Young artists often get taken advantage of in the excitement of being discovered by agencies. Taylor Swift was one of them. Swift released six albums with Big Machine Label Group, and at just 15 years old, Swift allowed Big Machine to own her master records. After learning that Big Machine sold her music and the company to Scooter Braun, she posted on “Tumblr” that “[f]or years I asked, pleaded for a chance to own my work. Instead I was given an opportunity to ‘earn’ one album back at a time, one for every new one I turned in.” The “opportunity” she is referring to is a deal that Braun offered her to release an album in return for ownership of the other albums she created and released. Swift found out about the change in ownership of her albums when it became public news; she was never personally informed (Rolling Stone). “Owning Taylor Swift’s masters means the owner will now profit from every stream and sale of Taylor’s albums and songs” which is clearly unfair and unethical (RepublicWorld.com).
This year, Swift released Fearless (Taylor’s Version) where she rerecorded her songs from her original 2008 album Fearless so that she could rightfully own her own music. Not only did Swift feel empowered as a result, but she also inspired her fans to stand up for themselves and take charge of the parts of their lives that they want to change. In Swift’s case, that was the right to own her music.
Choir and orchestra teacher Mr. Salisbury shared his input on why Swift’s choice was so influential. Mr. Salisbury points out that music has shaped public opinion for centuries and often highlights societal issues and common struggles that most people endure. It is a “fundamental part of human expressions” which “is impactful because words are and singing them adds another layer of complexity.” People, no matter their background or situation, “relate strongly to the human voice.” Mr. Salisbury believes that “we are all just looking for something to relate to. We want to find someone that feels what we feel and says what we’re thinking. People gravitate to those who do that effectively. Speaking is one thing but art is a statement.” Mr. Salisbury encapsulates the feeling most Taylor Swift fans, or listeners in general, felt when Fearless (Taylor’s Version) was released. A top tier celebrity and role model to mainly young girls fighting for herself was incredibly motivating to witness. I am personally inspired by her strength and endurance in what I imagine was a very aggravating situation. Even though most do not understand what it feels like to experience your work being manipulated like Taylor did, being taken advantage of in the music industry is unfortunately a common experience.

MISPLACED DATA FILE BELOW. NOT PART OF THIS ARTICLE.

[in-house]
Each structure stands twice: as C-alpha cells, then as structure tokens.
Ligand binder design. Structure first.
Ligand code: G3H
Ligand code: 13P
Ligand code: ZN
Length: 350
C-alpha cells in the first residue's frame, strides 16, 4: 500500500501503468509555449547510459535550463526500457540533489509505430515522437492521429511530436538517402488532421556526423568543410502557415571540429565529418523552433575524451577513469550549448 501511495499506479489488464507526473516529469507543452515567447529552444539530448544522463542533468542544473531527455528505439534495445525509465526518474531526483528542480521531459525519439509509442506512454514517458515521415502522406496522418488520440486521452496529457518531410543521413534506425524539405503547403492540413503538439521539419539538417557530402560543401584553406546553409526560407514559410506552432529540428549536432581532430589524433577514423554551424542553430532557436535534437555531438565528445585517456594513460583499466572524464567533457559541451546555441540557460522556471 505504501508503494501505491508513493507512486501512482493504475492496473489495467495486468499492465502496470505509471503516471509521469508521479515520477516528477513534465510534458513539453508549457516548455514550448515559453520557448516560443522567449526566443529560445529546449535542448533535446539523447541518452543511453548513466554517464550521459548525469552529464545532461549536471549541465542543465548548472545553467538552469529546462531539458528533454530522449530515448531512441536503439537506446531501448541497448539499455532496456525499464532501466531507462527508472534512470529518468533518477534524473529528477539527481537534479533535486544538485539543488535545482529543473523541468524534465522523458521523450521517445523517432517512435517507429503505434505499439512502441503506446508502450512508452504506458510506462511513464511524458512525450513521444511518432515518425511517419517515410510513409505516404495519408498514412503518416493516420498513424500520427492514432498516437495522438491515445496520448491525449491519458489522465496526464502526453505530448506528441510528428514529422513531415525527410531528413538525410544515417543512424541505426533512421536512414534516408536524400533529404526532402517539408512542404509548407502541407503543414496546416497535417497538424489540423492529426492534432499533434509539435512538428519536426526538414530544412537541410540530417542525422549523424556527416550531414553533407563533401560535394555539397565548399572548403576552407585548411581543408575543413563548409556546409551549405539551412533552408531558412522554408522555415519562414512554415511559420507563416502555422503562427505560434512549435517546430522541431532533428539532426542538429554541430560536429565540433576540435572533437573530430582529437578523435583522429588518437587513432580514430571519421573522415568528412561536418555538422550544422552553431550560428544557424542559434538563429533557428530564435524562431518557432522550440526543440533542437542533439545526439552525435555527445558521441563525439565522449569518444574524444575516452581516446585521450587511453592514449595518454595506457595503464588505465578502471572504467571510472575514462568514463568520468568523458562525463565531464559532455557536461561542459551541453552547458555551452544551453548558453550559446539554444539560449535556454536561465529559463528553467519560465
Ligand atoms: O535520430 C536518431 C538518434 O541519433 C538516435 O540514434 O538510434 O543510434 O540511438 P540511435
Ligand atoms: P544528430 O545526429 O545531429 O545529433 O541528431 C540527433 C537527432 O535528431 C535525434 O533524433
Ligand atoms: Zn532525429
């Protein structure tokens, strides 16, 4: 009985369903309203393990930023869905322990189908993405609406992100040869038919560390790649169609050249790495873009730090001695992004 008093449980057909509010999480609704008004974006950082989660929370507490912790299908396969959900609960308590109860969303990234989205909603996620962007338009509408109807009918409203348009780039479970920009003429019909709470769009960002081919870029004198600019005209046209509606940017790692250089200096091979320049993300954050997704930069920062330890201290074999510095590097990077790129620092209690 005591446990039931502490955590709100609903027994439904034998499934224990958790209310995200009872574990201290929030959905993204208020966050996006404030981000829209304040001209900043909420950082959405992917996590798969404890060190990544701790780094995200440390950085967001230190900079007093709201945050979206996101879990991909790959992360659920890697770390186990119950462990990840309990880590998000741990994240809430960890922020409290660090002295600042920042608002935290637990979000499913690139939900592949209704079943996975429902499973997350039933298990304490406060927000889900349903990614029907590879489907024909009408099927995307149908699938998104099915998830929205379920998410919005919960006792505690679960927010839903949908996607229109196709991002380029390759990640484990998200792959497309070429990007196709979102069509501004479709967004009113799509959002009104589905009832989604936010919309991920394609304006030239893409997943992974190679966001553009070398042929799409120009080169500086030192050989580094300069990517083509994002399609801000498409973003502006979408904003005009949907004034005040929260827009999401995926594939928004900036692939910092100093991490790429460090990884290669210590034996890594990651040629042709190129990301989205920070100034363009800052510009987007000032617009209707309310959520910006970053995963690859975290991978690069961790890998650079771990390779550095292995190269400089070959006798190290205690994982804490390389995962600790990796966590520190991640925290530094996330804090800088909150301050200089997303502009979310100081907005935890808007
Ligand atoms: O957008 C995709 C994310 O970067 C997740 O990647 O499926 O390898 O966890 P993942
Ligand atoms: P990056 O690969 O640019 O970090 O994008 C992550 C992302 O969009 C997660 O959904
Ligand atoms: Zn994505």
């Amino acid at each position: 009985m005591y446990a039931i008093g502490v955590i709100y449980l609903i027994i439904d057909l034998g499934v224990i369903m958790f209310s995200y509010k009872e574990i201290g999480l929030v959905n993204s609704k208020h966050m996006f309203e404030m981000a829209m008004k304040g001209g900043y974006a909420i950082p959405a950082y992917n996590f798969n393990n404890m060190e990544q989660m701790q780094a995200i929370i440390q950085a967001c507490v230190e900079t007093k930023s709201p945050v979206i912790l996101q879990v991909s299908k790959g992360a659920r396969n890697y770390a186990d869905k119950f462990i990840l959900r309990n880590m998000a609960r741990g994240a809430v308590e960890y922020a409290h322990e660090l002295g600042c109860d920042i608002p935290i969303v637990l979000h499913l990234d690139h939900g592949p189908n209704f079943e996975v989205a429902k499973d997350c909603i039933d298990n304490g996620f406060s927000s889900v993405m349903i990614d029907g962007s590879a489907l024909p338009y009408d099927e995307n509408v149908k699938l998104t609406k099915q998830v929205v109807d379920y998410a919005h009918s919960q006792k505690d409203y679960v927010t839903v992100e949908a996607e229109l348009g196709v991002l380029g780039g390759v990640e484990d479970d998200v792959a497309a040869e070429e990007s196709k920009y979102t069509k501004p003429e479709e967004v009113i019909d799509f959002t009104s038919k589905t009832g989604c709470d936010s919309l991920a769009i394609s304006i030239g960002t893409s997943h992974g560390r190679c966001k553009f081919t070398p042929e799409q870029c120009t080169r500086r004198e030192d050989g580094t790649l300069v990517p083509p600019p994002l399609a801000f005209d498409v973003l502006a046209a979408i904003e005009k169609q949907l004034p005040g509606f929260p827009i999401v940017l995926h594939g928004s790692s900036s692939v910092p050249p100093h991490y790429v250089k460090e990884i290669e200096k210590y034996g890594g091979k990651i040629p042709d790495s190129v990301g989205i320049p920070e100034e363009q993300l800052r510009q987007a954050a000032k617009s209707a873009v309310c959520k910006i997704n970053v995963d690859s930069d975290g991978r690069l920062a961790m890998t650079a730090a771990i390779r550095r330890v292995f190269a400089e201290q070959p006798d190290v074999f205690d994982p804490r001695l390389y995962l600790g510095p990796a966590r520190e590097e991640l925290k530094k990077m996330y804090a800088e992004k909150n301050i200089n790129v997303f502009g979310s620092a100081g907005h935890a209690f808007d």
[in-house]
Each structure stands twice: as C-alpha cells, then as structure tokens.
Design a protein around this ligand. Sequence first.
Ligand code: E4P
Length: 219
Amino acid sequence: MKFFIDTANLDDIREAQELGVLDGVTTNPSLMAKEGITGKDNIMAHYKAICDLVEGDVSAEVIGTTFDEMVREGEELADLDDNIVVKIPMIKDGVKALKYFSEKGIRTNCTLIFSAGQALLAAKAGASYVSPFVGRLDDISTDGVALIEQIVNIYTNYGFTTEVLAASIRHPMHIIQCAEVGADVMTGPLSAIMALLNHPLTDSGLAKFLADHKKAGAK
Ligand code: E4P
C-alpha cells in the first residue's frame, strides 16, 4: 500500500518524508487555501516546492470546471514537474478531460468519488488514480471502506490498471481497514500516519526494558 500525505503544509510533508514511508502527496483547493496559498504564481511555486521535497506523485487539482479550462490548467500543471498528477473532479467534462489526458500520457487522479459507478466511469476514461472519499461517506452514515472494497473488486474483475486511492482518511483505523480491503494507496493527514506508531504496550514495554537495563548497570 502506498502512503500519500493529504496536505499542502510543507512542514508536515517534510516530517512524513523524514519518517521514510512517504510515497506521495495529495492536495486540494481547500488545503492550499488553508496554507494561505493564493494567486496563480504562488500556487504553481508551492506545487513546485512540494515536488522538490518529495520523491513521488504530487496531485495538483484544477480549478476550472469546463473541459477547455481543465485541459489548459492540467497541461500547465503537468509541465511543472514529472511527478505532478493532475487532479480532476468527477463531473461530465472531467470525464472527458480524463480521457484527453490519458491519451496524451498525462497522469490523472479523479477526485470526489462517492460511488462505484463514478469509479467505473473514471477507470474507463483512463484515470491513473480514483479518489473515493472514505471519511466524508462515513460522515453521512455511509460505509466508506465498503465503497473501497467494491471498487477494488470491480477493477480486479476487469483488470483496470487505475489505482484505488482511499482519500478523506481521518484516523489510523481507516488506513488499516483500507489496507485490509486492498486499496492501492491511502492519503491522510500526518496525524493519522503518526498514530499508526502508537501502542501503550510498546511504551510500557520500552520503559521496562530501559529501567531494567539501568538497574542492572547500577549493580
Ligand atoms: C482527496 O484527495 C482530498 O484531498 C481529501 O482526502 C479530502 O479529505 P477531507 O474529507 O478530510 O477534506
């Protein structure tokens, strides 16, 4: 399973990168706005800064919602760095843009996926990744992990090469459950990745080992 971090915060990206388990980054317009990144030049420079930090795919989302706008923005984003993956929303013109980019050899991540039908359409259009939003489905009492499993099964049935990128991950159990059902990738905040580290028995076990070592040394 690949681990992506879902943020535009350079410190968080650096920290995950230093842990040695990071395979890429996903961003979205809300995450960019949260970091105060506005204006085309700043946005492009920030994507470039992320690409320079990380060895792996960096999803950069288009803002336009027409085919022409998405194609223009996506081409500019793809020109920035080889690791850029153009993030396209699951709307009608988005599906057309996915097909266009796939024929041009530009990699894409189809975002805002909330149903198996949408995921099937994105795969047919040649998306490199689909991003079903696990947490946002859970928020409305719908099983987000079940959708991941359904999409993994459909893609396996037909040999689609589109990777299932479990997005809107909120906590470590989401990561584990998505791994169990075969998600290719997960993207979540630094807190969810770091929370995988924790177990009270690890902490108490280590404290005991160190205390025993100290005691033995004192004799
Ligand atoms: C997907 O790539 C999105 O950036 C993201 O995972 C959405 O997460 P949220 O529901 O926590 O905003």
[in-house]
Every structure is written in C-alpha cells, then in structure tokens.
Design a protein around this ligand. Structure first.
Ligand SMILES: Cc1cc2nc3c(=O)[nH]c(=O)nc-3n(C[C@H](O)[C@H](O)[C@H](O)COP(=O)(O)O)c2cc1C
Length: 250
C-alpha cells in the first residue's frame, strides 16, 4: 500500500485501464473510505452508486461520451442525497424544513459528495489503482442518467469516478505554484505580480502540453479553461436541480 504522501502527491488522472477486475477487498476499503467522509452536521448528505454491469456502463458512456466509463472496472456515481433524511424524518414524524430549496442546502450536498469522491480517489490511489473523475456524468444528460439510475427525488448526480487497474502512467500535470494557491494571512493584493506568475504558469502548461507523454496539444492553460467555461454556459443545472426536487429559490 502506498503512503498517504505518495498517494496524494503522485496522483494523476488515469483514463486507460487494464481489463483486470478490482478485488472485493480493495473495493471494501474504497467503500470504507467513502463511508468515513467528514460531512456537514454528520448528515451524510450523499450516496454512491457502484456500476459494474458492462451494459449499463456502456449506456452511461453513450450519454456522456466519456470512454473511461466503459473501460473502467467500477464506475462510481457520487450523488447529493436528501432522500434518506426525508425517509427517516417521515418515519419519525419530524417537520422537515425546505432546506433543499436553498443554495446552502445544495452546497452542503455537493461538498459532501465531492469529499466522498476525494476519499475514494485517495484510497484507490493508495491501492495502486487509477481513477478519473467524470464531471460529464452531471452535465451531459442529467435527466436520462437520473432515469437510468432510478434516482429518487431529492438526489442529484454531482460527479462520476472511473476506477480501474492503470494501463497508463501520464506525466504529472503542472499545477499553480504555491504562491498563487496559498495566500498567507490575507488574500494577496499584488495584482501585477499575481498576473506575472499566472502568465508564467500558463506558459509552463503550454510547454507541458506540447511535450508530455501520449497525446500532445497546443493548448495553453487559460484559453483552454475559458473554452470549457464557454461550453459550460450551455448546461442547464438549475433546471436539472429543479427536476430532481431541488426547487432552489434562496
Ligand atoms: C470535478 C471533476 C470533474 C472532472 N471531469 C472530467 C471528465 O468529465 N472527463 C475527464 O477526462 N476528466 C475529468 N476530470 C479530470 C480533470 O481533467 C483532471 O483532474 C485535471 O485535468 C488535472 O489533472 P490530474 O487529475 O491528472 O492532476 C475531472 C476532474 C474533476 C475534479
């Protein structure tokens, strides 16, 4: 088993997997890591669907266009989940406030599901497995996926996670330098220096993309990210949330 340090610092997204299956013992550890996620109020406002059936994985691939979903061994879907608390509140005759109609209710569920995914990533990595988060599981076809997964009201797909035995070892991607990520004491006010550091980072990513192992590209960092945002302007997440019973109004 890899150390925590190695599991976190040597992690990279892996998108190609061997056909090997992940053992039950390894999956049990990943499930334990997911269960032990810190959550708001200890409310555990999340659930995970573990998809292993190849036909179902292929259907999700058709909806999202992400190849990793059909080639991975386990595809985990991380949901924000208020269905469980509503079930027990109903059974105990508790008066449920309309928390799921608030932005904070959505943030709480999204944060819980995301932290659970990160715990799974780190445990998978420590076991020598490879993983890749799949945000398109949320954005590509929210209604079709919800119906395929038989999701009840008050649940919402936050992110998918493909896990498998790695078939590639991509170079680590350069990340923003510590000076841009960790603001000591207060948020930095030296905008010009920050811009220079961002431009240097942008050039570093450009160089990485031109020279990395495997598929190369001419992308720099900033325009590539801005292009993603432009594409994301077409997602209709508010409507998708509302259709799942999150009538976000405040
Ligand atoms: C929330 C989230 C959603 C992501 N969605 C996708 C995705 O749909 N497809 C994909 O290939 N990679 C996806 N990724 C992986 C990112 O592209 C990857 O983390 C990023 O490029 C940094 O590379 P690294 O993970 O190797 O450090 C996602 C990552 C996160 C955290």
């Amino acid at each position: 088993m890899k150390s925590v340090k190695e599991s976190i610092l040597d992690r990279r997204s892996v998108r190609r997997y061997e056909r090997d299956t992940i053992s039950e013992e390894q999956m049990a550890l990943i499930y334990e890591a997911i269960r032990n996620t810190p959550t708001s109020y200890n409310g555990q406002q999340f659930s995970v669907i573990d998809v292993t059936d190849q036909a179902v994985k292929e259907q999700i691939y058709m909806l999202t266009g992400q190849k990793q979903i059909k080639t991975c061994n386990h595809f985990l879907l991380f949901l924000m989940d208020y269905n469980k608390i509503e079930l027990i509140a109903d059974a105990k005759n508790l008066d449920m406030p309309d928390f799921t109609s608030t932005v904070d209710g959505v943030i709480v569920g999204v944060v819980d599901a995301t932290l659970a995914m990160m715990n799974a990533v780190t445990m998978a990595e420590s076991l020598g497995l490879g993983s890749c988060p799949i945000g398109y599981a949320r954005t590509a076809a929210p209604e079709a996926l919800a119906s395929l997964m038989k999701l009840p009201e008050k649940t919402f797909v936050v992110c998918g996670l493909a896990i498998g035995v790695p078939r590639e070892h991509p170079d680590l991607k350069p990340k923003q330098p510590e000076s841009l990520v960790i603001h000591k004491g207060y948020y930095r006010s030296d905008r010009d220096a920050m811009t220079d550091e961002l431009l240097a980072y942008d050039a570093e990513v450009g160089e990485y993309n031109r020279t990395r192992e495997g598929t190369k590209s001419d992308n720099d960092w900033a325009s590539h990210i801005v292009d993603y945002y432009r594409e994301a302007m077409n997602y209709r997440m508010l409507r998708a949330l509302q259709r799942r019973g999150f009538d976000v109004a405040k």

Madison Elliott, a Ramapo junior and Taylor Swift fan, shared her insight on Fearless (Taylor’s Version). “I was so happy when it came out, as I was looking forward to it for the longest time since she announced it a few months ago. It was all I was listening to for weeks and still today. It just brings me back to her first Fearless album, which I listened to when I was younger. It brings back such good memories. I love Taylor Swift and so many of the songs I was obsessed with when I was a kid have come back, which is just amazing. I feel like I’m a little kid again. It puts me in such a good mood and radiates good energy in general.” Clearly, Elliott regards Swift’s release of Fearless incredibly well. Not only was the album empowering, but fans, like Elliot, feel nostalgic because of Fearless (Taylor’s Version). It is truly amazing that music can be so impactful to fans and bring out the best in them.
Swift has left people feeling happy, inspired, and emotional during such a stressful time. Fearless (Taylor’s Version) has enabled fans to remember simpler times pre-pandemic and regain that feeling of hope that they had before COVID-19. Music has a profound impact on people, which is intensified in situations like Swift’s. Her audience was able to find positivity because of her album, which is the goal of any creator at the end of the day.